# Explain about concurrent transactions in DBMS

DBMSDatabaseBig Data Analytics

A transaction is a unit of database processing which contains a set of operations. For example, deposit of money, balance enquiry, reservation of tickets etc.

Every transaction starts with delimiters begin transaction and terminates with end transaction delimiters. The set of operations within these two delimiters constitute one transaction.

main()
{
begin transaction
} end transaction

There are three possible ways in which a transaction can be executed. These are as follows −

• Serial execution.
• Parallel execution.
• Concurrent execution.

Concurrent transaction or execution includes multiple transactions which are executed concurrently or simultaneously in the system.

The advantages of the concurrent transactions are as follows −

• Increases throughput which is nothing but number of transactions completed per unit time.

• It reduces the waiting time.

## Example

T1= 90sec
T2= 500sec
T3= 5sec.

If we execute serially by T1->T2->T3 then transaction T3 waits for 590 sec, so we go for non-serial or concurrent transactions to reduce waiting time.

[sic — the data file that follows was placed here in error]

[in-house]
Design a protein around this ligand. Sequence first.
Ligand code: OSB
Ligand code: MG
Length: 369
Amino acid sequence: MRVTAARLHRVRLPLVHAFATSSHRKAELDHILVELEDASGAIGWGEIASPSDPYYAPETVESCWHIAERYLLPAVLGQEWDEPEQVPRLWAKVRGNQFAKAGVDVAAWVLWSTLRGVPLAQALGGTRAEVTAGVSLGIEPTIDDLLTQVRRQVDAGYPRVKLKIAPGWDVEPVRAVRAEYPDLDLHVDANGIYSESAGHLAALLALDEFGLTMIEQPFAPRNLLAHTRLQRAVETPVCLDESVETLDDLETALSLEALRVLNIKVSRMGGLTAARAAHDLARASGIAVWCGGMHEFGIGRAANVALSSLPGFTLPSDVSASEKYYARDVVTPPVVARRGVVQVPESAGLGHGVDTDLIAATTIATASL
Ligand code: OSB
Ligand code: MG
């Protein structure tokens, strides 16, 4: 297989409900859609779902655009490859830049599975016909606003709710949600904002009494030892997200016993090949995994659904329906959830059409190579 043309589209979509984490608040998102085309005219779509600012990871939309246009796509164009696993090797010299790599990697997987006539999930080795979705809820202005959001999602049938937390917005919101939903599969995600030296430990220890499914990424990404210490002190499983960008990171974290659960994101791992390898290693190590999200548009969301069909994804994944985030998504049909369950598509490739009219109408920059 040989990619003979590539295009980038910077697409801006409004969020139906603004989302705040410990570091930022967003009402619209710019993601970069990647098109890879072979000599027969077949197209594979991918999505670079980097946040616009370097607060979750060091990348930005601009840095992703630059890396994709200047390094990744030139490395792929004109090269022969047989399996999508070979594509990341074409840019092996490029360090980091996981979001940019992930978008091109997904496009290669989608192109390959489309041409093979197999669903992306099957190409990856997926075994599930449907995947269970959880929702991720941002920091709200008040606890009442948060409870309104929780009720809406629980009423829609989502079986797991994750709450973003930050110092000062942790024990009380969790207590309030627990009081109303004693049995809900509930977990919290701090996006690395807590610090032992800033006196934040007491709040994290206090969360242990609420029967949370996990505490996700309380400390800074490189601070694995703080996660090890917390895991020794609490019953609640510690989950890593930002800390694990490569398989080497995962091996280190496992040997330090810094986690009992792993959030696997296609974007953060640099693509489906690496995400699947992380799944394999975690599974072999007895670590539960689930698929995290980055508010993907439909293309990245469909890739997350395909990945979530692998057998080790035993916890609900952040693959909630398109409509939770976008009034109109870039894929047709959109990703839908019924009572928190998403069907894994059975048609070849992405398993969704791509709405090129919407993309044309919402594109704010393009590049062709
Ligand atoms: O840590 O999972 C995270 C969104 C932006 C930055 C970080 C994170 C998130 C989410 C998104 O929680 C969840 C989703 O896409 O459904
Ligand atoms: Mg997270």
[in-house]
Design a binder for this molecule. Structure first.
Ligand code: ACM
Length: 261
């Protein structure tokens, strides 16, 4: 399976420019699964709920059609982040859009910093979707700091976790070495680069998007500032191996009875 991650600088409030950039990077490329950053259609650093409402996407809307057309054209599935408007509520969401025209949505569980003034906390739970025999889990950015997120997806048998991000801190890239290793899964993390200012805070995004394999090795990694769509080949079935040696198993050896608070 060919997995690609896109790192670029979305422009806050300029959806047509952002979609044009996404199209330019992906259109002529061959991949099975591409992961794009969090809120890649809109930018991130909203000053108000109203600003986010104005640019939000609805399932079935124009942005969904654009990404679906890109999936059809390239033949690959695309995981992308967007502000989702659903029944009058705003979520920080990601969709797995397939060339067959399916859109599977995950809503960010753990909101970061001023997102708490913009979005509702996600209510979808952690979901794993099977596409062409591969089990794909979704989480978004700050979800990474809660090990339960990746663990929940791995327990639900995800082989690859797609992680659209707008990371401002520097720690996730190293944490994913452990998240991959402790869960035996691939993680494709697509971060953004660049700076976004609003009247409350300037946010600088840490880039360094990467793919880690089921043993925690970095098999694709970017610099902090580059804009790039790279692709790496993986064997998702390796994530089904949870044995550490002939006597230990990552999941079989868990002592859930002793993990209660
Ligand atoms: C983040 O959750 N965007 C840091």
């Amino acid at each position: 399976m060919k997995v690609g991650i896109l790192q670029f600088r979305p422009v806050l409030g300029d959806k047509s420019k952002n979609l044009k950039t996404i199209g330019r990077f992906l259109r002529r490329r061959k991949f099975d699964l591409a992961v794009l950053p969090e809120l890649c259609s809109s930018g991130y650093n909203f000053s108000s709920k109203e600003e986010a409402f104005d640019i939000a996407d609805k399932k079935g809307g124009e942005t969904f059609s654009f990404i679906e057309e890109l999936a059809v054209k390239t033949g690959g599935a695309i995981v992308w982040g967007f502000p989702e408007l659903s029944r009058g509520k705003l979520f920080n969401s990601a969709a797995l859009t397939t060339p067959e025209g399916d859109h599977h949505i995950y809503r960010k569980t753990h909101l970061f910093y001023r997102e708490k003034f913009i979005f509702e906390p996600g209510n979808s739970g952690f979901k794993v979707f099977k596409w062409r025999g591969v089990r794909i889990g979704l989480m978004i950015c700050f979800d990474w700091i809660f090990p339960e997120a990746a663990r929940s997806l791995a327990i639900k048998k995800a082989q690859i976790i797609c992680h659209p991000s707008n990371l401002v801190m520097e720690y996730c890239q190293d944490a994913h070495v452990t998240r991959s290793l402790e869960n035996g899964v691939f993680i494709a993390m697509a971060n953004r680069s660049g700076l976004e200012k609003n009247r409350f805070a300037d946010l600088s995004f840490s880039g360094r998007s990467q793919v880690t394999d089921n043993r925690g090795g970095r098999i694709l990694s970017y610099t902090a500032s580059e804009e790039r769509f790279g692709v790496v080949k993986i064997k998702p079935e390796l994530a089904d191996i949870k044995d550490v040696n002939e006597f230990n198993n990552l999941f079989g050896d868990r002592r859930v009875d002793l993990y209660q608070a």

i.e. T3 -> T1 -> T2.

The disadvantage is that the execution of concurrent transactions may result in inconsistency.

## Example 1

The concurrent execution given below is in a consistent state.

## Example 2

The transaction given below is not consistent.

Concurrent schedules do not keep the database in the consistent state. The concurrent execution of the transactions has to be carried out in a controlled environment.

If a system consists of ‘n’ number of transactions, we will have more than ‘n!’ number of concurrent schedules, out of which only a few of them are keeping the database in consistent state.

Published on 06-Jul-2021 14:02:32